Alongside the role played by maestros Ravi Shankar and Ali Akbar Khan in popularising Hindustani music, their accompanying musicians also played a vital part of the process.

Many are aware of the partnership between Ravi Shankar and Punjab gharana maestro Alla Rakha spanning several decades. But there was another major tabla exponent who also collaborated with both Shankar and Khan in their sojourns overseas in the 1950s and 1960s.

This was the well-known performer Chatur Lal, who was originally from Udaipur but went on to become a staff artist at the Delhi station of the All India Radio in 1947.

Unfortunately, he died young. But there are audio and video recordings of his performances that demonstrate his rhythmic virtuosity.

In the 16th episode of our series on public spaces named after Hindustani musicians, we listen to his music as we take a walk along the Pandit Chatur Lal Road in Delhi’s South Extension neighbourhood.

We begin with a short tabla solo in a rhythmic cycle of ten-and-a-half matras.


The second track has a solo recital in the sixteen-matra Teentaal. He is accompanied by his brother Ram Narayan, the renowned sarangi maestro.


The next tracks have tabla accompaniment provided by the celebrated Chatur Lal.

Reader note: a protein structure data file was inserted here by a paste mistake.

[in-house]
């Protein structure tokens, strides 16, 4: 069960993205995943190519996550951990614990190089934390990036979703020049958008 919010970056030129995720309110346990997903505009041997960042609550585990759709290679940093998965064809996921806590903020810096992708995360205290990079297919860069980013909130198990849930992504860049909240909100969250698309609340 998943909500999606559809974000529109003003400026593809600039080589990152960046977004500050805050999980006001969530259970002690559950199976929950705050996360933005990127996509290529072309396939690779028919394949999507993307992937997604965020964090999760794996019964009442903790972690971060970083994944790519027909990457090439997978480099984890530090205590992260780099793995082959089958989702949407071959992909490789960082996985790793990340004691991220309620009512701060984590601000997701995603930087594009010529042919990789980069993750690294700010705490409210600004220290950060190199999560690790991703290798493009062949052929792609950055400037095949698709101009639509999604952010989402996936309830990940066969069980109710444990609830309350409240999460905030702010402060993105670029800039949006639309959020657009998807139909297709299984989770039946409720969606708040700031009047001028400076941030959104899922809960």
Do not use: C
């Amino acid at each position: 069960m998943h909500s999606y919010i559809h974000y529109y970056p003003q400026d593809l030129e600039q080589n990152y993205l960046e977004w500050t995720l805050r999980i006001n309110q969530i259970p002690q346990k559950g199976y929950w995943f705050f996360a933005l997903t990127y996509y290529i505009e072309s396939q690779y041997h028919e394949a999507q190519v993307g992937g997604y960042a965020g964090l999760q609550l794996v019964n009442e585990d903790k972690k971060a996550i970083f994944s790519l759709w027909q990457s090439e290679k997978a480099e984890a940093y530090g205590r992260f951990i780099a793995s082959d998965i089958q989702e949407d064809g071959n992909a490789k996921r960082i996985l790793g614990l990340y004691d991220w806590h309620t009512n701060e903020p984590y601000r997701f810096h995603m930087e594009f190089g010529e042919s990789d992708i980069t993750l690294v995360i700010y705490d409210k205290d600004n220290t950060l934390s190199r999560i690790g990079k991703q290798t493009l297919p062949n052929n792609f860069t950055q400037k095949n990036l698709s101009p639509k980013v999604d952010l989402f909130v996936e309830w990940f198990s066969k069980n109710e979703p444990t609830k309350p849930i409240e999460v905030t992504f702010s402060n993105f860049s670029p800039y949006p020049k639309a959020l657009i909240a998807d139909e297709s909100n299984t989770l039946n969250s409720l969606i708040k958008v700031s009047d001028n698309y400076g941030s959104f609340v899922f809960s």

On the first of these tracks, sitar maestro Ravi Shankar plays two compositions in the ten-matra Jhaptaal and Teentaal, respectively, in the evening raag Puriya Dhanashree.

This is followed by two gats, or instrumental compositions, set to Teentaal in the raag Khamaj. According to the information accompanying the track, this recording was made in 1957.


The next track is a short video clip of Chatur Lal’s younger brother and sarangi maestro Ram Narayan playing a composition in drut, or fast Teentaal, in the raag Kirwani.


The thumri in the raag Khamaj on the next track is presented by the inimitable vocalist Siddheshwari Devi. She is accompanied on the tabla by Chatur Lal. The well-known sarangi player Sabri Khan provides melodic accompaniment.


We end with two gats in the raag Sindh Bhairavi played by sarod maestro Ali Akbar Khan. The introduction to the track is provided by the famous violinist Yehudi Menuhin.


One of India’s leading tabla players, Aneesh Pradhan is a widely recognised performer, teacher, composer and scholar of Hindustani music. Visit his website here.